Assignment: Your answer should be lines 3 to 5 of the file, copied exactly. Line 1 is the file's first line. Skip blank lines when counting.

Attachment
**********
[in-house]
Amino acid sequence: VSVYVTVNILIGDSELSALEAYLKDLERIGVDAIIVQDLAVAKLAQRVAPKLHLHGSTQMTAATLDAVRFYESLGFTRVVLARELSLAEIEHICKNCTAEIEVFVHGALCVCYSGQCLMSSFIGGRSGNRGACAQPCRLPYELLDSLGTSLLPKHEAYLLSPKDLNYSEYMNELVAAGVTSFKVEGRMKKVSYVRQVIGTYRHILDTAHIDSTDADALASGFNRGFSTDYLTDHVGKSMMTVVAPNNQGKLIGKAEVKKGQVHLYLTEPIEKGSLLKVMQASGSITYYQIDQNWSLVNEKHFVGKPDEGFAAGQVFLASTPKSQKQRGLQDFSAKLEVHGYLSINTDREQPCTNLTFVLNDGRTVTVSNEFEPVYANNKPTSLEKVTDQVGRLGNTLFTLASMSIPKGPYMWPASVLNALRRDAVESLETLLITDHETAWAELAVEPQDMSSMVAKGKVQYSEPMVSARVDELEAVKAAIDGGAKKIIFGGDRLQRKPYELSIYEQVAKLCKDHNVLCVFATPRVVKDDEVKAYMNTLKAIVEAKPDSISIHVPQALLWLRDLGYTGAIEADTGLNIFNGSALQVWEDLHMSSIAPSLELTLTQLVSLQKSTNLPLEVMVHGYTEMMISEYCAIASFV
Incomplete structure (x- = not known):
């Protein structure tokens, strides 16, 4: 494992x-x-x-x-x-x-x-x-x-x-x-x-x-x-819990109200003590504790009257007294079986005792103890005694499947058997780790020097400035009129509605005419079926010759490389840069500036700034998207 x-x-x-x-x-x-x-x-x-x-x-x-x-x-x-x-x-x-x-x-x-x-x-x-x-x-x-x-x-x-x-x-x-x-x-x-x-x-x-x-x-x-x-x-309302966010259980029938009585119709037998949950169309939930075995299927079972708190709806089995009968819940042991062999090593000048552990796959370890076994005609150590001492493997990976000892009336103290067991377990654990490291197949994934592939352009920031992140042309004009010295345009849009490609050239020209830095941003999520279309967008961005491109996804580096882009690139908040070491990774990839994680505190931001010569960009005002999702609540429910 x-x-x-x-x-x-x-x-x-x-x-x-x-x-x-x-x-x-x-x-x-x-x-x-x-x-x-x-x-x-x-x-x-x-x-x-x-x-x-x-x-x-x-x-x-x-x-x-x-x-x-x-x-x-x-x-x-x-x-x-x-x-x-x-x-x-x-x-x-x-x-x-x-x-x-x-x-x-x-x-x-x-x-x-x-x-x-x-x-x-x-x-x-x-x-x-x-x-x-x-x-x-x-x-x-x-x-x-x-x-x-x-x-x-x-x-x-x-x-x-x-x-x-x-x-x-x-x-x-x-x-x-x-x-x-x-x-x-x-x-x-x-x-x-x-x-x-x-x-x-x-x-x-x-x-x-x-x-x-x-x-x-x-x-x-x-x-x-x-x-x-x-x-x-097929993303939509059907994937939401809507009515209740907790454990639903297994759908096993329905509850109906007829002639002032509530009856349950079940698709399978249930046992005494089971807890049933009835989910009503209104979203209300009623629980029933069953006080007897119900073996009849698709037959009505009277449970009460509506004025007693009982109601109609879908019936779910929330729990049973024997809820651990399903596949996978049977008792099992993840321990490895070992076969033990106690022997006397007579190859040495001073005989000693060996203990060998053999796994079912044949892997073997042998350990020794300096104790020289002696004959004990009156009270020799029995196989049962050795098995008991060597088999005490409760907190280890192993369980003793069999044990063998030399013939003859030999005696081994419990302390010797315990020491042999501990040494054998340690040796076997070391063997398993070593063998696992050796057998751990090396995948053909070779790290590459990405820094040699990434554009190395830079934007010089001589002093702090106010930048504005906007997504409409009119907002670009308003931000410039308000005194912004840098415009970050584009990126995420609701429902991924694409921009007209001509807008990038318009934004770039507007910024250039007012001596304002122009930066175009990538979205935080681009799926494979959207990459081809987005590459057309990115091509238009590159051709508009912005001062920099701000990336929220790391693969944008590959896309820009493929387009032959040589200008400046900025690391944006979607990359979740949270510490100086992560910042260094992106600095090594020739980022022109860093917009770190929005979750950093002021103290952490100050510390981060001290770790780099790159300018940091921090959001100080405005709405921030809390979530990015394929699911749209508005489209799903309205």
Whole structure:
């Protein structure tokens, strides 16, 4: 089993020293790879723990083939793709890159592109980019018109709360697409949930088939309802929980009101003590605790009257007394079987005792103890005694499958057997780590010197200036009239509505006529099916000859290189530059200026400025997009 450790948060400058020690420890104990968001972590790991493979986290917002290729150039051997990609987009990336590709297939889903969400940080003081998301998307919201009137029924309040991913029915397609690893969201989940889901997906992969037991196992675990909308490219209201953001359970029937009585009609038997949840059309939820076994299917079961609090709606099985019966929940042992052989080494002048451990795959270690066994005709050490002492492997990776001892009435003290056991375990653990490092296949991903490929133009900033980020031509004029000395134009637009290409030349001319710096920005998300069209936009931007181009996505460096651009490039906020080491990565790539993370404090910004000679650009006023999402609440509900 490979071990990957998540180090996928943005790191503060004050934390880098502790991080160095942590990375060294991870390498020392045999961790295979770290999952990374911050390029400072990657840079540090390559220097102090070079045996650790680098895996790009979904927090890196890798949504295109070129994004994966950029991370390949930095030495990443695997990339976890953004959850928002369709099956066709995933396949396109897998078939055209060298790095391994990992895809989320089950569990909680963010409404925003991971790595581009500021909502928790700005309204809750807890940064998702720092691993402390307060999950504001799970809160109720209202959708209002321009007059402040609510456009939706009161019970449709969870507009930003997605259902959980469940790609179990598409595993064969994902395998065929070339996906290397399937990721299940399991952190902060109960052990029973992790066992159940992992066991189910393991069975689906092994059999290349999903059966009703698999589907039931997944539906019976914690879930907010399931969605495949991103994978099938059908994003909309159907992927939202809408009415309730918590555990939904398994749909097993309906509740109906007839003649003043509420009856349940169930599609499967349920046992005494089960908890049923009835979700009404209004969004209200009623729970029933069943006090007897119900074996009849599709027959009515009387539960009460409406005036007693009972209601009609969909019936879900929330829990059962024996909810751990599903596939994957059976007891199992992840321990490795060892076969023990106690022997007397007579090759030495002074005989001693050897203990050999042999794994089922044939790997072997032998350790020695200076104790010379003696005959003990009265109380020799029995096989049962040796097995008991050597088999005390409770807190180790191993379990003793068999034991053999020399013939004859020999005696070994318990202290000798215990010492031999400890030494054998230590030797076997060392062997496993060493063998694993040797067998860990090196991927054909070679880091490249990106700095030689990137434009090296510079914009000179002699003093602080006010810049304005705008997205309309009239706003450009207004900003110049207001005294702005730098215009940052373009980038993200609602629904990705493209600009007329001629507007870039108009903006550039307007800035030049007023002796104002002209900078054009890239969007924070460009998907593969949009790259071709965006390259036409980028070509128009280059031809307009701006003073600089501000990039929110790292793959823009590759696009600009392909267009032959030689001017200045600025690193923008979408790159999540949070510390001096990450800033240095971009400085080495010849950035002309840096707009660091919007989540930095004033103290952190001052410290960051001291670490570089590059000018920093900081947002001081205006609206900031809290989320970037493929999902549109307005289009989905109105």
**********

Incomplete structure (x- = not known):
């Protein structure tokens, strides 16, 4: 494992x-x-x-x-x-x-x-x-x-x-x-x-x-x-819990109200003590504790009257007294079986005792103890005694499947058997780790020097400035009129509605005419079926010759490389840069500036700034998207 x-x-x-x-x-x-x-x-x-x-x-x-x-x-x-x-x-x-x-x-x-x-x-x-x-x-x-x-x-x-x-x-x-x-x-x-x-x-x-x-x-x-x-x-309302966010259980029938009585119709037998949950169309939930075995299927079972708190709806089995009968819940042991062999090593000048552990796959370890076994005609150590001492493997990976000892009336103290067991377990654990490291197949994934592939352009920031992140042309004009010295345009849009490609050239020209830095941003999520279309967008961005491109996804580096882009690139908040070491990774990839994680505190931001010569960009005002999702609540429910 x-x-x-x-x-x-x-x-x-x-x-x-x-x-x-x-x-x-x-x-x-x-x-x-x-x-x-x-x-x-x-x-x-x-x-x-x-x-x-x-x-x-x-x-x-x-x-x-x-x-x-x-x-x-x-x-x-x-x-x-x-x-x-x-x-x-x-x-x-x-x-x-x-x-x-x-x-x-x-x-x-x-x-x-x-x-x-x-x-x-x-x-x-x-x-x-x-x-x-x-x-x-x-x-x-x-x-x-x-x-x-x-x-x-x-x-x-x-x-x-x-x-x-x-x-x-x-x-x-x-x-x-x-x-x-x-x-x-x-x-x-x-x-x-x-x-x-x-x-x-x-x-x-x-x-x-x-x-x-x-x-x-x-x-x-x-x-x-x-x-x-x-x-x-097929993303939509059907994937939401809507009515209740907790454990639903297994759908096993329905509850109906007829002639002032509530009856349950079940698709399978249930046992005494089971807890049933009835989910009503209104979203209300009623629980029933069953006080007897119900073996009849698709037959009505009277449970009460509506004025007693009982109601109609879908019936779910929330729990049973024997809820651990399903596949996978049977008792099992993840321990490895070992076969033990106690022997006397007579190859040495001073005989000693060996203990060998053999796994079912044949892997073997042998350990020794300096104790020289002696004959004990009156009270020799029995196989049962050795098995008991060597088999005490409760907190280890192993369980003793069999044990063998030399013939003859030999005696081994419990302390010797315990020491042999501990040494054998340690040796076997070391063997398993070593063998696992050796057998751990090396995948053909070779790290590459990405820094040699990434554009190395830079934007010089001589002093702090106010930048504005906007997504409409009119907002670009308003931000410039308000005194912004840098415009970050584009990126995420609701429902991924694409921009007209001509807008990038318009934004770039507007910024250039007012001596304002122009930066175009990538979205935080681009799926494979959207990459081809987005590459057309990115091509238009590159051709508009912005001062920099701000990336929220790391693969944008590959896309820009493929387009032959040589200008400046900025690391944006979607990359979740949270510490100086992560910042260094992106600095090594020739980022022109860093917009770190929005979750950093002021103290952490100050510390981060001290770790780099790159300018940091921090959001100080405005709405921030809390979530990015394929699911749209508005489209799903309205």
Whole structure: